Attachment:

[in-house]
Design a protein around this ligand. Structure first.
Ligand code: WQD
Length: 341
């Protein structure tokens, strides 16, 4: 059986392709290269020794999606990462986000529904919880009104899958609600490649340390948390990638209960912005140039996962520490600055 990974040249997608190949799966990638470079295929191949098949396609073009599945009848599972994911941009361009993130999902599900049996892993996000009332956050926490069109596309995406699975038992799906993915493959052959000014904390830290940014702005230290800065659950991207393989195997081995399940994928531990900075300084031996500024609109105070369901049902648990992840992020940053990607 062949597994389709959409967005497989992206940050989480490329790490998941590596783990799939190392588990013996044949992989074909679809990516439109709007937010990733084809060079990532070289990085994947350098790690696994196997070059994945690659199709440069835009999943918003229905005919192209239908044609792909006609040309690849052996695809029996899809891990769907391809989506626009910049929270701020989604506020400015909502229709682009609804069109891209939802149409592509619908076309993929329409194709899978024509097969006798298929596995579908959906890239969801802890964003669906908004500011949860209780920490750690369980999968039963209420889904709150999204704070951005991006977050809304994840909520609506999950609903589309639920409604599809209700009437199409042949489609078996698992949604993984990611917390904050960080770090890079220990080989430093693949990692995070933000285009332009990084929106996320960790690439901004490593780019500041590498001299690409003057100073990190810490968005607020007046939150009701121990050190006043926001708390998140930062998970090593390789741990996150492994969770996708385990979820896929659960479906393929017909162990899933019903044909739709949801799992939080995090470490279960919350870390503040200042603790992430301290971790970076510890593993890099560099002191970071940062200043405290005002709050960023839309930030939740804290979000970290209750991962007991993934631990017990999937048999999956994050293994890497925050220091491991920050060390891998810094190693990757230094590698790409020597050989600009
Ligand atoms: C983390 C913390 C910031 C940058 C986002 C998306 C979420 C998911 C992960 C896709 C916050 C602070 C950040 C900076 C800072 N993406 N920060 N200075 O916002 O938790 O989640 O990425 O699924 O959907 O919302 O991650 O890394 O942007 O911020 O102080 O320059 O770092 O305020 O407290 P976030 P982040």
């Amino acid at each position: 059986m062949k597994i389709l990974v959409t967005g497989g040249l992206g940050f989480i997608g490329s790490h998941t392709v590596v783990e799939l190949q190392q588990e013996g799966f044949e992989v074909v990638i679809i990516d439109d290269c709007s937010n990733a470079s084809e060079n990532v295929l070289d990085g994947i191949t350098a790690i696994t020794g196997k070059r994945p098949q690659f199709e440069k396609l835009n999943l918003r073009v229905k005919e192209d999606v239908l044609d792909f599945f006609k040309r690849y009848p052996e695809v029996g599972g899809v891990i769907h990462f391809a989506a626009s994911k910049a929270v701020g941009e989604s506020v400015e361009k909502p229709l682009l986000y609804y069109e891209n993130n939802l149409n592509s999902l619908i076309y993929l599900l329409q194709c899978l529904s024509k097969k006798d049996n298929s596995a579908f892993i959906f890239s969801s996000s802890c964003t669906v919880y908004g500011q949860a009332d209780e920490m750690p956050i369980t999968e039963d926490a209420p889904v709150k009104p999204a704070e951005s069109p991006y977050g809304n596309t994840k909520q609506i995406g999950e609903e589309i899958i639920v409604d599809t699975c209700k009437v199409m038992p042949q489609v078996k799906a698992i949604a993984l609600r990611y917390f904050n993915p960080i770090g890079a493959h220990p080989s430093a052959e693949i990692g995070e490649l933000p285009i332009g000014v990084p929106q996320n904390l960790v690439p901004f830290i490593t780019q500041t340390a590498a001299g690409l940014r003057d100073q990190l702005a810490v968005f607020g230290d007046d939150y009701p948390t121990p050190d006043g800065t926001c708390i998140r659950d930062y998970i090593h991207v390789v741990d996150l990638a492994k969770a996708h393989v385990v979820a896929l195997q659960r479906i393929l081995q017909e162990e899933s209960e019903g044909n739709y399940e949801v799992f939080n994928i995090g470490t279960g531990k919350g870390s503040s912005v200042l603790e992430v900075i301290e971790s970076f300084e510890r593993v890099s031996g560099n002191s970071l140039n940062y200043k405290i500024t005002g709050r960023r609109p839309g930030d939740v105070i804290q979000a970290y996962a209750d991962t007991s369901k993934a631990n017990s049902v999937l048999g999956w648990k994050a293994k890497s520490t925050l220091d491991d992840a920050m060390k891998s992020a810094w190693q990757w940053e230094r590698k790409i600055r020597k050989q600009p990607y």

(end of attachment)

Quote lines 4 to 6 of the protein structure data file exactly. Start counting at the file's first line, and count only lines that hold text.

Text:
Length: 341
């Protein structure tokens, strides 16, 4: 059986392709290269020794999606990462986000529904919880009104899958609600490649340390948390990638209960912005140039996962520490600055 990974040249997608190949799966990638470079295929191949098949396609073009599945009848599972994911941009361009993130999902599900049996892993996000009332956050926490069109596309995406699975038992799906993915493959052959000014904390830290940014702005230290800065659950991207393989195997081995399940994928531990900075300084031996500024609109105070369901049902648990992840992020940053990607 062949597994389709959409967005497989992206940050989480490329790490998941590596783990799939190392588990013996044949992989074909679809990516439109709007937010990733084809060079990532070289990085994947350098790690696994196997070059994945690659199709440069835009999943918003229905005919192209239908044609792909006609040309690849052996695809029996899809891990769907391809989506626009910049929270701020989604506020400015909502229709682009609804069109891209939802149409592509619908076309993929329409194709899978024509097969006798298929596995579908959906890239969801802890964003669906908004500011949860209780920490750690369980999968039963209420889904709150999204704070951005991006977050809304994840909520609506999950609903589309639920409604599809209700009437199409042949489609078996698992949604993984990611917390904050960080770090890079220990080989430093693949990692995070933000285009332009990084929106996320960790690439901004490593780019500041590498001299690409003057100073990190810490968005607020007046939150009701121990050190006043926001708390998140930062998970090593390789741990996150492994969770996708385990979820896929659960479906393929017909162990899933019903044909739709949801799992939080995090470490279960919350870390503040200042603790992430301290971790970076510890593993890099560099002191970071940062200043405290005002709050960023839309930030939740804290979000970290209750991962007991993934631990017990999937048999999956994050293994890497925050220091491991920050060390891998810094190693990757230094590698790409020597050989600009
Ligand atoms: C983390 C913390 C910031 C940058 C986002 C998306 C979420 C998911 C992960 C896709 C916050 C602070 C950040 C900076 C800072 N993406 N920060 N200075 O916002 O938790 O989640 O990425 O699924 O959907 O919302 O991650 O890394 O942007 O911020 O102080 O320059 O770092 O305020 O407290 P976030 P982040």